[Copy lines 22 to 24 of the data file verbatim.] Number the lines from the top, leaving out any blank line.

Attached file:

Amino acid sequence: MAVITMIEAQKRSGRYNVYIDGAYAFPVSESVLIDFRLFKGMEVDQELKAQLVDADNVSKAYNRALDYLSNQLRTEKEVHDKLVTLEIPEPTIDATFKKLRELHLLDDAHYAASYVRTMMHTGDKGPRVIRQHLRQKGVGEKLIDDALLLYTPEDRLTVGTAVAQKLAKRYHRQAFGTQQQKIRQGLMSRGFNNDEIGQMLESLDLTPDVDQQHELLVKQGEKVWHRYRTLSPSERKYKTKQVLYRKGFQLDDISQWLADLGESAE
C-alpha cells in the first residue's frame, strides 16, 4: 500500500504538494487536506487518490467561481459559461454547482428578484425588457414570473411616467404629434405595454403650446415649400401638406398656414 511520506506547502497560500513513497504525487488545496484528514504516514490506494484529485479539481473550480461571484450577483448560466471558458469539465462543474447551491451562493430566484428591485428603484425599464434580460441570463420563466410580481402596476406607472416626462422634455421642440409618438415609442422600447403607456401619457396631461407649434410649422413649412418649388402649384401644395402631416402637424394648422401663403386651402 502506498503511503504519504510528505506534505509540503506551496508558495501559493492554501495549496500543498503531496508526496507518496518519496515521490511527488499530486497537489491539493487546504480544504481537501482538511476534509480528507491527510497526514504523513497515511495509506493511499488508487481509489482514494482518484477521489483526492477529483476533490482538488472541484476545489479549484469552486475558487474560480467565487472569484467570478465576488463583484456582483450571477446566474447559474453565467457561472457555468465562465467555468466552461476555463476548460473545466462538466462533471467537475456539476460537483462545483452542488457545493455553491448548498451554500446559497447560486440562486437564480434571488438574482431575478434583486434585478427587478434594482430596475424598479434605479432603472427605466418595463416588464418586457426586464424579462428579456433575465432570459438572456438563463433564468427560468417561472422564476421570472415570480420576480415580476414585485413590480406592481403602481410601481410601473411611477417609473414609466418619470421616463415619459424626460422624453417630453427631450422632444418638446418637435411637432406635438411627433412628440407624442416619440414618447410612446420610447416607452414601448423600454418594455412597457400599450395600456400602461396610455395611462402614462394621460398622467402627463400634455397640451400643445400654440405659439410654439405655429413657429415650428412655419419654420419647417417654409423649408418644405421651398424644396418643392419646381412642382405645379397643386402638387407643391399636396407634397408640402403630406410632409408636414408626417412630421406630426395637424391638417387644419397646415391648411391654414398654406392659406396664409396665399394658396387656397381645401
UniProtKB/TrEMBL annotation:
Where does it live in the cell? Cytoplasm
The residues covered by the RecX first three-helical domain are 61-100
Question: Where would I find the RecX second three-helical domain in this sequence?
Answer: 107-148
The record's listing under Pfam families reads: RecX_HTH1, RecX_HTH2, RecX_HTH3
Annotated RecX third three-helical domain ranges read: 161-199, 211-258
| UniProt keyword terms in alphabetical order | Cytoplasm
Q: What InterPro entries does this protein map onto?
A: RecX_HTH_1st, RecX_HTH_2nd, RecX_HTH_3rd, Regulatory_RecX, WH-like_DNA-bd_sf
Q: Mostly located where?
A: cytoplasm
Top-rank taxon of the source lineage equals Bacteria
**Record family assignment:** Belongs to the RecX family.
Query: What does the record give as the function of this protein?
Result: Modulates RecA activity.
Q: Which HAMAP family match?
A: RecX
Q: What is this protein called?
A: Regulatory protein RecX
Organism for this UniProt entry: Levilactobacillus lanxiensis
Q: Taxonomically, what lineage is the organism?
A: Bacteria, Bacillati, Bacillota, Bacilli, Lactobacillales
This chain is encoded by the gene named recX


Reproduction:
A: Regulatory protein RecX
Organism for this UniProt entry: Levilactobacillus lanxiensis
Q: Taxonomically, what lineage is the organism?